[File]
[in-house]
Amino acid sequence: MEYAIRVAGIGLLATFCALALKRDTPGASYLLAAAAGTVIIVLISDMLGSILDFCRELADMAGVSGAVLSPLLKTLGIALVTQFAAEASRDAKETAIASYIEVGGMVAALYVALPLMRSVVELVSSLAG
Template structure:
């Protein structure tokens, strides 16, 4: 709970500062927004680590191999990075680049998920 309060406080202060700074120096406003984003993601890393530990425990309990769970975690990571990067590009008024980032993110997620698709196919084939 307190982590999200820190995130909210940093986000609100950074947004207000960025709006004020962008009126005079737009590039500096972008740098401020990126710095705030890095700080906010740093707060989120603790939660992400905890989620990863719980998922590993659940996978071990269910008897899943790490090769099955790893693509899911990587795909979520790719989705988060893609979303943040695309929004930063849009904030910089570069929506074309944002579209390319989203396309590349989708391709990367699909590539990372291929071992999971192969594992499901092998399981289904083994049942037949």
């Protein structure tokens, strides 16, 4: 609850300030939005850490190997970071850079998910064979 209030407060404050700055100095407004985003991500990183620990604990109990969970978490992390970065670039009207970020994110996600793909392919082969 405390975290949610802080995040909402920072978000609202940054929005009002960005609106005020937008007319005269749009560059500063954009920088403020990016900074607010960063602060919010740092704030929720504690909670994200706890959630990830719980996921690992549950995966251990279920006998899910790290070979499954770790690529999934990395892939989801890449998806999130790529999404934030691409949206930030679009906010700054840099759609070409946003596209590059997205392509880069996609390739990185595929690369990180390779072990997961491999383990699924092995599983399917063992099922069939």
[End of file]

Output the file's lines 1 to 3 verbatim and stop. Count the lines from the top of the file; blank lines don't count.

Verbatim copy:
[in-house]
Amino acid sequence: MEYAIRVAGIGLLATFCALALKRDTPGASYLLAAAAGTVIIVLISDMLGSILDFCRELADMAGVSGAVLSPLLKTLGIALVTQFAAEASRDAKETAIASYIEVGGMVAALYVALPLMRSVVELVSSLAG
Template structure: